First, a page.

Justin Timberlake buys a piece of Myspace
Life imitates art as actor buys into struggling social network – or is it just PR?
Forget Dustin Hoffman going without sleeping or washing for three days to get into character for Marathon Man: the ultimate method actor turns out to be Justin Timberlake.
Feted for his performance as wildchild webgeek Sean Parker in The Social Network, Timberlake has let life imitate art, putting his own money into becoming a dotcom mover and shaker.
The only snag is that he has become an investor not in the latest hip start-up, but in Myspace - the once-mighty blue whale of social networking now beleaguered in the shallows of uncoolness.
News Corp has announced the sale of Myspace to little-known ad-targeting firm Specific Media for $35m, which means Rupert Murdoch's company has lost $545m on the site since it bought it with much fanfare in July 2005 at a cost of $580m. Timberlake is teaming up with Specific to take a stake in what the Guardian calls the "forgotten" internet firm.
According to the Wall Street Journal, News Corp had hoped to get at least $100m but settled for far less after a "saga" that saw the company "hunting for bidders across continents and [holding] talks with personalities as varied as the owner of Penthouse magazine [and] each of [MySpace's] pushed-aside founders, Chris DeWolfe and Tom Anderson".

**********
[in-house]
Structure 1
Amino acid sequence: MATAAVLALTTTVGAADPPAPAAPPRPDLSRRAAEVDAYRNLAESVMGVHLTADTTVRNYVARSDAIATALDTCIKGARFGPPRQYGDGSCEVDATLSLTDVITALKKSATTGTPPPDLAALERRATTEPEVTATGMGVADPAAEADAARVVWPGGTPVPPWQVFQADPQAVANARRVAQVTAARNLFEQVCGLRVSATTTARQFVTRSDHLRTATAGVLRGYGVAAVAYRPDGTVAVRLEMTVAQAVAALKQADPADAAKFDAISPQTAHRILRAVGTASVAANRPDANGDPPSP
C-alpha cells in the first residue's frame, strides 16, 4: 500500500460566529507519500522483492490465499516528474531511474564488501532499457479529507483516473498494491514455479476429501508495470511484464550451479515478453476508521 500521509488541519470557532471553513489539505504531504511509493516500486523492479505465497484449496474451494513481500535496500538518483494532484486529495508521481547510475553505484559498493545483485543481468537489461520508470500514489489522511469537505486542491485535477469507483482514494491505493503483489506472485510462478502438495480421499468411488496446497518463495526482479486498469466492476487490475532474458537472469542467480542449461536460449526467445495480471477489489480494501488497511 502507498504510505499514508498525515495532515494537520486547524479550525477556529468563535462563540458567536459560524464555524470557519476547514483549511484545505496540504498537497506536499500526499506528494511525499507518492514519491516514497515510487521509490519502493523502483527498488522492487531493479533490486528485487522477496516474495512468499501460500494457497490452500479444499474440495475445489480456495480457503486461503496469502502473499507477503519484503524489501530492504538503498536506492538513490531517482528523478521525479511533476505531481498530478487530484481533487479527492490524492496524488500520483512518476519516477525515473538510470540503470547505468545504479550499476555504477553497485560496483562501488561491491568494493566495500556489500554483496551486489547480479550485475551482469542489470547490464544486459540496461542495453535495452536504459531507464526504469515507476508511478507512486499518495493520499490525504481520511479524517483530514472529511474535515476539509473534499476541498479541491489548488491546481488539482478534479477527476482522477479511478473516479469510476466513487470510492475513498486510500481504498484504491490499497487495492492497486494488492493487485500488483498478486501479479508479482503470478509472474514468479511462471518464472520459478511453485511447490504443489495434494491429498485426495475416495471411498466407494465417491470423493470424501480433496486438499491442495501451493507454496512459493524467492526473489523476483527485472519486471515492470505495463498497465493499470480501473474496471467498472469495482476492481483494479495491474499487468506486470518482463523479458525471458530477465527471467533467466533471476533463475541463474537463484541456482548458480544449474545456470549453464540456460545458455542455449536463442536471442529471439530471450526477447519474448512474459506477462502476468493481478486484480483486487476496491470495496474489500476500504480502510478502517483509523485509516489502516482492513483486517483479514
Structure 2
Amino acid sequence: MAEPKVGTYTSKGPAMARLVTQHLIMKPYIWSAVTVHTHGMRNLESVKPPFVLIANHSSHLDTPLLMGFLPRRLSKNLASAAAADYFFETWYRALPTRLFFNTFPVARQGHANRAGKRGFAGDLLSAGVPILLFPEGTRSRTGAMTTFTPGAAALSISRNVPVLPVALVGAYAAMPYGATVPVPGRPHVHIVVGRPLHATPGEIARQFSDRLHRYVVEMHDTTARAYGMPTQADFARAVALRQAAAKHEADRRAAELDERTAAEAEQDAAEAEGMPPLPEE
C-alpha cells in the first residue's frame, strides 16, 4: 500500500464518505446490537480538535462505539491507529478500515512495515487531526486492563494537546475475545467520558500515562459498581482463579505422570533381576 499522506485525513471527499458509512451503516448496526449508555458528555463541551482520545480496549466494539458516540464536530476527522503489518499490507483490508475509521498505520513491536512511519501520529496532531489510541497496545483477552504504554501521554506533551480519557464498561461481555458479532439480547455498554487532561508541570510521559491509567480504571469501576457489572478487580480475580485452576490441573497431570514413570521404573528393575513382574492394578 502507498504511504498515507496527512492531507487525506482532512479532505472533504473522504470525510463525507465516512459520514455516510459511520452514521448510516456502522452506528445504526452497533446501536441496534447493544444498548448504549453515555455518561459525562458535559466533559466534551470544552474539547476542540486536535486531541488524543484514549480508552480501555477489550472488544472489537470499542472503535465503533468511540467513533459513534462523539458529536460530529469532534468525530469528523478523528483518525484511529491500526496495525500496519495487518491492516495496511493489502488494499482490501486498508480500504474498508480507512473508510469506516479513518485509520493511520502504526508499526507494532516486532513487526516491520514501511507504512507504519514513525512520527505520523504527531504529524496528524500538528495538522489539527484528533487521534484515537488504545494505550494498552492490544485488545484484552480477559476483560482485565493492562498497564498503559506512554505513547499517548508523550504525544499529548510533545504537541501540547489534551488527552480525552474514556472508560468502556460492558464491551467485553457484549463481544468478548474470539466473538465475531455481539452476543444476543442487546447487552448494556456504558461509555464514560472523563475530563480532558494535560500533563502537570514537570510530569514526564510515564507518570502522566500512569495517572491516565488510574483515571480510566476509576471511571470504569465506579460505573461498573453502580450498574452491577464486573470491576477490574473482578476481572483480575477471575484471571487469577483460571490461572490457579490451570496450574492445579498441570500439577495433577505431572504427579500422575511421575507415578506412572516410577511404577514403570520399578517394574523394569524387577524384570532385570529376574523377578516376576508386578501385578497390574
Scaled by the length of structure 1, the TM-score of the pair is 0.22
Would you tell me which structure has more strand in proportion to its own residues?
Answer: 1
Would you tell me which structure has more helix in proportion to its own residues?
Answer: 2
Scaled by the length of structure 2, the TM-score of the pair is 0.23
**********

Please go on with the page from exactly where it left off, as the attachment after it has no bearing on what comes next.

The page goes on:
Timberlake will also take a creative role in revitalising the site. He issued a statement saying: "There's a need for a place where fans can go to interact with their favourite entertainers, listen to music, watch videos, share and discover cool stuff and just connect. Myspace has the potential to be that place."
It's possible that Timberlake is more window-dressing than creative driving force, brought in by Specific to grab a few headlines and lend some badly-needed street cred to Myspace.
After all, the strength of his commitment is hard to judge: the size of his investment has not been disclosed. ·
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